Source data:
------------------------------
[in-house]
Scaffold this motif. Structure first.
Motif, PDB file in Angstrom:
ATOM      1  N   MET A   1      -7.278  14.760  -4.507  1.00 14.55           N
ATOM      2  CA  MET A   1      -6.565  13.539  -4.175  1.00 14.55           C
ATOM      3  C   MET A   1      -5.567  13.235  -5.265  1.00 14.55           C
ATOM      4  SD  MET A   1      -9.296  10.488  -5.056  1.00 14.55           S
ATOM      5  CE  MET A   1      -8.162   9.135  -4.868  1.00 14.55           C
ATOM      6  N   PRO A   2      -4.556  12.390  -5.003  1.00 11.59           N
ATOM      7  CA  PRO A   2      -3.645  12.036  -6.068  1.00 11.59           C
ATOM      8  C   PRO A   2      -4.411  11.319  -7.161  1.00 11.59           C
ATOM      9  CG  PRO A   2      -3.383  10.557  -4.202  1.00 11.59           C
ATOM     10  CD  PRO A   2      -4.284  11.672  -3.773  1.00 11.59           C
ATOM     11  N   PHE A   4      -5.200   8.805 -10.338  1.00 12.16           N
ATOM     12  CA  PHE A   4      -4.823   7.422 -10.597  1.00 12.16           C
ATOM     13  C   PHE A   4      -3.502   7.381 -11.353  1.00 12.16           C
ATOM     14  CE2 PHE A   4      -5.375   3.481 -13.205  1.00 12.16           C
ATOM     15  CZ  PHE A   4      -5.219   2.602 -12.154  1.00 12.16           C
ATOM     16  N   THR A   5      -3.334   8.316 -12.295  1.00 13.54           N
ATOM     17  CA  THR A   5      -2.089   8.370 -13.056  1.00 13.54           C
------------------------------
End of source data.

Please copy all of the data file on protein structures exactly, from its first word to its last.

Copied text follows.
[in-house]
Scaffold this motif. Structure first.
Motif, PDB file in Angstrom:
ATOM      1  N   MET A   1      -7.278  14.760  -4.507  1.00 14.55           N
ATOM      2  CA  MET A   1      -6.565  13.539  -4.175  1.00 14.55           C
ATOM      3  C   MET A   1      -5.567  13.235  -5.265  1.00 14.55           C
ATOM      4  SD  MET A   1      -9.296  10.488  -5.056  1.00 14.55           S
ATOM      5  CE  MET A   1      -8.162   9.135  -4.868  1.00 14.55           C
ATOM      6  N   PRO A   2      -4.556  12.390  -5.003  1.00 11.59           N
ATOM      7  CA  PRO A   2      -3.645  12.036  -6.068  1.00 11.59           C
ATOM      8  C   PRO A   2      -4.411  11.319  -7.161  1.00 11.59           C
ATOM      9  CG  PRO A   2      -3.383  10.557  -4.202  1.00 11.59           C
ATOM     10  CD  PRO A   2      -4.284  11.672  -3.773  1.00 11.59           C
ATOM     11  N   PHE A   4      -5.200   8.805 -10.338  1.00 12.16           N
ATOM     12  CA  PHE A   4      -4.823   7.422 -10.597  1.00 12.16           C
ATOM     13  C   PHE A   4      -3.502   7.381 -11.353  1.00 12.16           C
ATOM     14  CE2 PHE A   4      -5.375   3.481 -13.205  1.00 12.16           C
ATOM     15  CZ  PHE A   4      -5.219   2.602 -12.154  1.00 12.16           C
ATOM     16  N   THR A   5      -3.334   8.316 -12.295  1.00 13.54           N
ATOM     17  CA  THR A   5      -2.089   8.370 -13.056  1.00 13.54           C